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Koontz v. St. Johns River Water Management District, 570 US ___ (June 25, 2013) involved discussions between plaintiff applicant and defendant Water Management District which had jurisdiction over permits to dredge or fill Florida wetlands.  The District had specific authority under state law to offset environmental damages, including “creating, enlarging, or preserving wetlands elsewhere.”  In 1972 plaintiff’s father had purchased a 14.9 acre parcel that included wetlands.  Plaintiff succeeded to that parcel and proposed to develop 3.7 acres in 1994, agreeing to dedicate approximately 11 acres to the District for wetland preservation.  Defendant found this action to be inadequate and proposed alternatives including development of just one acre (which would require a dedication of 13.9 acres to the District) or development of 3.7 acres so long as plaintiff would help restore wetlands on District-owned property within the same basin several miles away or pay an equivalent amount to do so. 

Plaintiff refused to undertake or propose other alternatives; thus the permit was denied. Plaintiff sued for a taking.  The trial court found actions above and beyond the 11-acre dedication proposal violated both the nexus and rough proportionality requirements of Nollan v. California Coastal Comm. 483 U.S. 825 (1987), and Dolan v. City of Tigard, 512 U.S. 374 (1994), respectively.  The Florida Court of Appeals affirmed but the Florida Supreme Court reversed, finding no taking as there was no condition on which to predicate a Nollan/Dolan violation and because the claim involved a demand for money which it found not subject to a takings claim under those cases.  The United States Supreme Court granted certiorari.

The U.S. Green Building Council is currently accepting public comments until December 10, 2012, on its draft of LEED v4 that will aim to establish LEED certification for the hospitality industry, as well as data centers, retail, and healthcare uses. This post discusses a few of the categories that will be considered for applicants seeking to obtain LEED certification for such uses.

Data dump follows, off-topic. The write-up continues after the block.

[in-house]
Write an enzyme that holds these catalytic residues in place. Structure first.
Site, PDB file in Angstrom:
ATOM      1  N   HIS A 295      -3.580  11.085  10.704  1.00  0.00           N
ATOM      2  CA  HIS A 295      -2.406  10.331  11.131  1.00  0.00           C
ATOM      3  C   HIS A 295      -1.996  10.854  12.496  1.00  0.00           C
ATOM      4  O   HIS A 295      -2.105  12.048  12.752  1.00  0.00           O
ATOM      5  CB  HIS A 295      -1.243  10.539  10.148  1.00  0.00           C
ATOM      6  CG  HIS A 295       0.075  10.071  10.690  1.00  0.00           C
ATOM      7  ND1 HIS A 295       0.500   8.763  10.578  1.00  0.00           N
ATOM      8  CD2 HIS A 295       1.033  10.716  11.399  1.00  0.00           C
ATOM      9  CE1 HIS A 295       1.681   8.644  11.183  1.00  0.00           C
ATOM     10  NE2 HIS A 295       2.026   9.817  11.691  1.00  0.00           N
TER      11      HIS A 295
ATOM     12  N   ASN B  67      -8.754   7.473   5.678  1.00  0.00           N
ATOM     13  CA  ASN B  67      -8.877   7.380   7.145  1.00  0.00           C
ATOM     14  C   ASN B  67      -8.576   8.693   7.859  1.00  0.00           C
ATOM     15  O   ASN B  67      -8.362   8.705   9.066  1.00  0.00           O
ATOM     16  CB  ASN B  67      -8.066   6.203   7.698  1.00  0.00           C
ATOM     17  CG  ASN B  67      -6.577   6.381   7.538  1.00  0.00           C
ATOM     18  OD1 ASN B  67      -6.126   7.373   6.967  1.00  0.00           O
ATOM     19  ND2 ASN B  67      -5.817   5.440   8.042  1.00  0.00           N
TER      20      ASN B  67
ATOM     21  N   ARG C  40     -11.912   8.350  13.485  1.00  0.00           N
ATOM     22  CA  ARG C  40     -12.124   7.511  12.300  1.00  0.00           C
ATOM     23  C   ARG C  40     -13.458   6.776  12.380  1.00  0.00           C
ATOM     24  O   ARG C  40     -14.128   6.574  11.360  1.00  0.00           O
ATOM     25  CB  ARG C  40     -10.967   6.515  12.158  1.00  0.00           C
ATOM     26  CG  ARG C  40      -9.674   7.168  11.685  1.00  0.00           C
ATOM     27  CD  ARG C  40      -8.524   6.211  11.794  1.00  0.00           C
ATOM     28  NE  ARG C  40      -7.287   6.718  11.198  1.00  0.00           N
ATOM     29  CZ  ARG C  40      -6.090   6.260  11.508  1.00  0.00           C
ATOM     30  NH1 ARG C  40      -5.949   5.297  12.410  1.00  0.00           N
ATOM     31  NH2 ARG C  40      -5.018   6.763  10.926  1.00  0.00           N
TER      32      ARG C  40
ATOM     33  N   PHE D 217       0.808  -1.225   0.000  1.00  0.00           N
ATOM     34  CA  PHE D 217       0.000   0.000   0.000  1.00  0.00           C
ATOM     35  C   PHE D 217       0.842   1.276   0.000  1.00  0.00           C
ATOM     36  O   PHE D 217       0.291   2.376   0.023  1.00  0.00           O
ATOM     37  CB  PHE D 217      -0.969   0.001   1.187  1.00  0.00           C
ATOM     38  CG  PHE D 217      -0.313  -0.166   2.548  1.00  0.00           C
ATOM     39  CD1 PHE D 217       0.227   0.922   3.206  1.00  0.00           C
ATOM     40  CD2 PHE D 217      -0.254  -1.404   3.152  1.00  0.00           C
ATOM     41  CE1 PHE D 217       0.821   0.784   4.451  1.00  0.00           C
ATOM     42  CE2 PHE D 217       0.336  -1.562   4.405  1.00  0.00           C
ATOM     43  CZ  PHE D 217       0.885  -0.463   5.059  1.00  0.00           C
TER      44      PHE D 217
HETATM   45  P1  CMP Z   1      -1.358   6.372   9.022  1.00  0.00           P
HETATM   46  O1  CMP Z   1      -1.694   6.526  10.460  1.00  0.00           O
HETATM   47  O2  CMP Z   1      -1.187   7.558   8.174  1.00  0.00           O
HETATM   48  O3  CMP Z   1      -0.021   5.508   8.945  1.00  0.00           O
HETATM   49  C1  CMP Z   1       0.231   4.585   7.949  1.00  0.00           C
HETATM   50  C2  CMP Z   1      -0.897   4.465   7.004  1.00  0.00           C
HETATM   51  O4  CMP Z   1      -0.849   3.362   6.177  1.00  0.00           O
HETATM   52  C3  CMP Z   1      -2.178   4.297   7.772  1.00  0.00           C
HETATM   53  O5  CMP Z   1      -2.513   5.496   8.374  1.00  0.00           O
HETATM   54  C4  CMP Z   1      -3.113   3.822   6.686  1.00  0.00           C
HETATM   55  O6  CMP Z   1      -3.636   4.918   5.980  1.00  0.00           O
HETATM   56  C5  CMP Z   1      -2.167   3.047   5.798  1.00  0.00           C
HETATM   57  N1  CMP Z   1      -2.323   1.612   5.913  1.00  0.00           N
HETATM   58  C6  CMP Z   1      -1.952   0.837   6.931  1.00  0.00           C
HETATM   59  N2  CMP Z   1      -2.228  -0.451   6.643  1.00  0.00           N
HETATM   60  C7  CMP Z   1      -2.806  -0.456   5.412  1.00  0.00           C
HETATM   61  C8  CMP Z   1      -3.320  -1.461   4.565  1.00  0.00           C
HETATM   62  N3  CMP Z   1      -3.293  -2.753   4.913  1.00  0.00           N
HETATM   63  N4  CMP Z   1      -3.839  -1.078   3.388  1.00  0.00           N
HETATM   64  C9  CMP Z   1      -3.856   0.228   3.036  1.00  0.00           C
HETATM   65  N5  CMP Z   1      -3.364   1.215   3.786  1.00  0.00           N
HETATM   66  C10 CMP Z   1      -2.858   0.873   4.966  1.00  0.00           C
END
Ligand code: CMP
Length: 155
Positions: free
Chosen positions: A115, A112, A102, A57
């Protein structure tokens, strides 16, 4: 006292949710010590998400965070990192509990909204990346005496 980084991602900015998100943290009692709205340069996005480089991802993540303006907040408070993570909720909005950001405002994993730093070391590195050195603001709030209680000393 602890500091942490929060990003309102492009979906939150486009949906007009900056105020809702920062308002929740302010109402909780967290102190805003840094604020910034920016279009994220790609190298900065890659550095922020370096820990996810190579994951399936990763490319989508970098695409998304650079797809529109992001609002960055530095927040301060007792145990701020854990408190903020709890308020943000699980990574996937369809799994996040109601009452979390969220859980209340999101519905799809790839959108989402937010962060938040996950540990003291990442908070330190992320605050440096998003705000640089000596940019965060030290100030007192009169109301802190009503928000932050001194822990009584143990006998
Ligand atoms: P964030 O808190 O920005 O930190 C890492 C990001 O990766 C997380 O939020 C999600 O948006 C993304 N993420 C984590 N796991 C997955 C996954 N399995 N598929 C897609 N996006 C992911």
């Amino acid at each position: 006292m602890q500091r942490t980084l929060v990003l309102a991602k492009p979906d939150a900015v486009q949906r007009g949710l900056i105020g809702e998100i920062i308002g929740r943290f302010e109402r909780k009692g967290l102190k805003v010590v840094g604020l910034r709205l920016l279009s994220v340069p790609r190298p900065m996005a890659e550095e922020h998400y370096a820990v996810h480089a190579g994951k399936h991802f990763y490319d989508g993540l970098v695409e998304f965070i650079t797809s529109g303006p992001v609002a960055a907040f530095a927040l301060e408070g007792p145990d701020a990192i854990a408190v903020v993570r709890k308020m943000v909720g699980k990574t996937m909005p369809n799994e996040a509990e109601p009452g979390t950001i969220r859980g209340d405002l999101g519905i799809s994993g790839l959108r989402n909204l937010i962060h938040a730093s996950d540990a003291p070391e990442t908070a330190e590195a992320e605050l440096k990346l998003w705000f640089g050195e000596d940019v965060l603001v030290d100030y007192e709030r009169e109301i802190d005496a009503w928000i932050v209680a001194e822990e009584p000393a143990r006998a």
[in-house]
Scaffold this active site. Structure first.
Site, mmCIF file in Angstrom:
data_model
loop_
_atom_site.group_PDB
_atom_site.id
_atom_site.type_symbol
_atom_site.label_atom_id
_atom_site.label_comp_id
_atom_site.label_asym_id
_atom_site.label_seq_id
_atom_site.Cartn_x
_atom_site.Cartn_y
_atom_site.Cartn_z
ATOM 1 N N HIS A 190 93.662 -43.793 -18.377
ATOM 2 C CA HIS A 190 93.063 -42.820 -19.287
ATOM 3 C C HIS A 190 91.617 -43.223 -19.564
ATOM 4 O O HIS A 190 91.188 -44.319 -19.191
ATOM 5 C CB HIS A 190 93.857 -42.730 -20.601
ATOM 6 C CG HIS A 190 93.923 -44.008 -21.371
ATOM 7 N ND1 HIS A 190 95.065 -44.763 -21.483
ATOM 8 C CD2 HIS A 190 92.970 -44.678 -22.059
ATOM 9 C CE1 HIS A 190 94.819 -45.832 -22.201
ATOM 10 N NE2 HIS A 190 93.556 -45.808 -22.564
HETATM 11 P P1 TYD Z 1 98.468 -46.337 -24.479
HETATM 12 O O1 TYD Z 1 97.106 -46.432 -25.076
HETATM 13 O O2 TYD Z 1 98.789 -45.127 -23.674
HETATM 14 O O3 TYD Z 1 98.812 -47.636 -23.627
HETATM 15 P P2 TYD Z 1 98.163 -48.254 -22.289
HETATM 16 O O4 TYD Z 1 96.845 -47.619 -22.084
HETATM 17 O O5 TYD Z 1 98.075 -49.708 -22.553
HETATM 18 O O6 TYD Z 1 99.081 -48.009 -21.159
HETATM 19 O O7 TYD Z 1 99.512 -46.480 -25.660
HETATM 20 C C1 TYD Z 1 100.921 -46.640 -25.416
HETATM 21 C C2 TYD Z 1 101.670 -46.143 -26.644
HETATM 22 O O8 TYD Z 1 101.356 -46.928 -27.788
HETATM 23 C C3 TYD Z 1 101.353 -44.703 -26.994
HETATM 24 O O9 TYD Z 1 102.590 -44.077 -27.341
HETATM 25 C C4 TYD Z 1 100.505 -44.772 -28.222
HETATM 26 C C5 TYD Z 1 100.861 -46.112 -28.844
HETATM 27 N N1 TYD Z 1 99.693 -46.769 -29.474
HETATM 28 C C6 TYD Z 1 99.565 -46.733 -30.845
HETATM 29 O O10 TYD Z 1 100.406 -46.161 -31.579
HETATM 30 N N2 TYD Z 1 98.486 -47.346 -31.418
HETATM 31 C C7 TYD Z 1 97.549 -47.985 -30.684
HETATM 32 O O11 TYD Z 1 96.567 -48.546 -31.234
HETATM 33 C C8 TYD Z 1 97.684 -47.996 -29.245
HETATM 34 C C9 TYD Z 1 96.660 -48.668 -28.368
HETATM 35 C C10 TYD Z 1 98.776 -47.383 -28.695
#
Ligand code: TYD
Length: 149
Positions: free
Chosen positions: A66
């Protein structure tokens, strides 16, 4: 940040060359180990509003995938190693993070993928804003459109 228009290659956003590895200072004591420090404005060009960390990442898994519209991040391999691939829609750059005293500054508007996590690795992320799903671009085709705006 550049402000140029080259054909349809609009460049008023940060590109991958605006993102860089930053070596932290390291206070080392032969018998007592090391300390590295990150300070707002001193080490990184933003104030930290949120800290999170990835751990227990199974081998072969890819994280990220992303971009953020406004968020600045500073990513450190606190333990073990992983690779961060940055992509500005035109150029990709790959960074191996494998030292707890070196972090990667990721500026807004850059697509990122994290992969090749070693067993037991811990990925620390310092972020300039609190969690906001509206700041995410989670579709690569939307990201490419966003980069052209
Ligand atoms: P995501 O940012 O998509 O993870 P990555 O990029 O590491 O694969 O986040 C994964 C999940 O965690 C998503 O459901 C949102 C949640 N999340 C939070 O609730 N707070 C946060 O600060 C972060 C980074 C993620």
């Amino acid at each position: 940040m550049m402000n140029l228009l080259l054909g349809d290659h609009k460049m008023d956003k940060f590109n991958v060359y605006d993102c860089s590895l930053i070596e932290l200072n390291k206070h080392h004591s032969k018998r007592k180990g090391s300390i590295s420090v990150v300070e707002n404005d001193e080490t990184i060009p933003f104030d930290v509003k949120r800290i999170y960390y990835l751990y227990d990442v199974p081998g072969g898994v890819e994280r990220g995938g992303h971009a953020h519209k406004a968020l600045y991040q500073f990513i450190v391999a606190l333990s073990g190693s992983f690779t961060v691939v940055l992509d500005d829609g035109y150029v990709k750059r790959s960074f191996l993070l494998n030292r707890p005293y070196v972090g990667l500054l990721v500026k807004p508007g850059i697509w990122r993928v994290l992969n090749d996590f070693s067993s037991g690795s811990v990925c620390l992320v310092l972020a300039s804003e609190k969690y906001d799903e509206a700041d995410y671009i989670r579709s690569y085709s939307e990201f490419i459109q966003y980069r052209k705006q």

LEED (Leadership in Energy and Environmental Design) is a voluntary, consensus-based, market­-driven program that provides third-party verification of green buildings. For commercial buildings and neighborhoods, to earn LEED certification requires that, a project must satisfy all LEED prerequisites and earn a minimum 40 points on a 110-point LEED rating system scale. The main credit categories are sustainable sites, water efficiency credits, energy and atmosphere credits, materials and resource credits, and indoor environmental quality credits.

Here is a brief overview of some of the credits that are proposed for hospitality, data centers, retail, and healthcare uses.

Planning for green vehicles will gain you points on your application for LEED certification. As currently draft, here’s how:

The days of stopping by a roadside stand to buy a few ears of corn or a flat of strawberries from the local farmer have changed. 

In West Linn Corporate Park LLC v. City of West Linn, the 9th Circuit issued an unpublished opinion agreeing with the Oregon Supreme Court’s conclusion that the rough proportionality analysis required by Nollan and Dolan does not apply in situations where the government conditions development to construct off-site improvements with personal property (money, piping, sand and gravel, etc.), but did not involve dedication of any interest in its own real property. 

The U.S. Supreme Court’s decision in Kelo v. City of New London and its aftermath is the subject of a very interesting commentary in the February issue of the Planning & Environmental Law Journal, entitled “All Sound, No Fury? The Impacts of State Based Kelo Laws,” by Harvey M. Jacobs, a professor at the University of Wisconsin-Madison and Ellen M. Bassett, an assistant professor in the School of Urban Studies at Portland State University. 

William Kabeiseman (“Bill”) and Carrie Richter have become “Leadership in Energy and Environmental Design” (“LEED”) accredited professionals.  The LEED accreditation is part of Garvey Schubert Barer’s ongoing commitment to sustainability and complements the professional services that Bill and Carrie offer their clients in guiding them on land use and permitting issues. 

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